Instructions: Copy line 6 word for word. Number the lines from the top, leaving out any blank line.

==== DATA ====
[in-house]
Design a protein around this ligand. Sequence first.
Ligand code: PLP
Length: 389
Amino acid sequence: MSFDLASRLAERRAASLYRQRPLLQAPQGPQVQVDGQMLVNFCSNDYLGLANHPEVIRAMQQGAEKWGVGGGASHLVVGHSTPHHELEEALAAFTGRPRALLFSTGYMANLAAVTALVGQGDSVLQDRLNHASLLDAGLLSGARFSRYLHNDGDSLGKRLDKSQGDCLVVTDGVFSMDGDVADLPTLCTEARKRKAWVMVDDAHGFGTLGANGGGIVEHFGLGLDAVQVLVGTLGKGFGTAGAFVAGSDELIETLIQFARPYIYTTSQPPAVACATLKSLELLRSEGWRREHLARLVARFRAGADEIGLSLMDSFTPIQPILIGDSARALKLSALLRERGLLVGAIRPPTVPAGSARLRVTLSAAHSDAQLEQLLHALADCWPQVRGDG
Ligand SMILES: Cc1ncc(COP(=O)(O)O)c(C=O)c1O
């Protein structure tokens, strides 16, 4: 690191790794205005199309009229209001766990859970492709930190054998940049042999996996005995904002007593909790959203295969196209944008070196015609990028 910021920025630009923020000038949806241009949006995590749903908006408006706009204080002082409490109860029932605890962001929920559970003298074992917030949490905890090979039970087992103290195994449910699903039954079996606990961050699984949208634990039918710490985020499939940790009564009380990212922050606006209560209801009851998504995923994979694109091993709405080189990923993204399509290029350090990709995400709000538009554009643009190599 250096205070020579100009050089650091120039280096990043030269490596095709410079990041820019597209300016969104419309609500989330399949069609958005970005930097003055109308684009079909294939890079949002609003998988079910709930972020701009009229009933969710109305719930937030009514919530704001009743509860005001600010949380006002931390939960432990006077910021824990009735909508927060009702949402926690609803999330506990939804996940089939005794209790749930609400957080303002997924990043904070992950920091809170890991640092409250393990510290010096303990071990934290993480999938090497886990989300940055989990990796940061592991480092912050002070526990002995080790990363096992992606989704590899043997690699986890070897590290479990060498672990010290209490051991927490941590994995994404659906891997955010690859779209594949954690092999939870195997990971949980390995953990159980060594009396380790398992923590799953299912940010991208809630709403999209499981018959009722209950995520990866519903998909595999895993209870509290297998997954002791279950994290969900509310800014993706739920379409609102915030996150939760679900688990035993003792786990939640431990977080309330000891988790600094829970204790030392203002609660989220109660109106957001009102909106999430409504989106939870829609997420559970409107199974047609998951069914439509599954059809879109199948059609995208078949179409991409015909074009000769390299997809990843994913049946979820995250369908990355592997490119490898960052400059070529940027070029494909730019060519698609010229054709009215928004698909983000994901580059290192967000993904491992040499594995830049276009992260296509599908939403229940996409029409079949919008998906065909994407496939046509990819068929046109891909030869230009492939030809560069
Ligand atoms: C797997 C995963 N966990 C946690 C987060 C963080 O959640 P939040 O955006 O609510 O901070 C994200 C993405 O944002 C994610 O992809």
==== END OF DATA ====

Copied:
Ligand SMILES: Cc1ncc(COP(=O)(O)O)c(C=O)c1O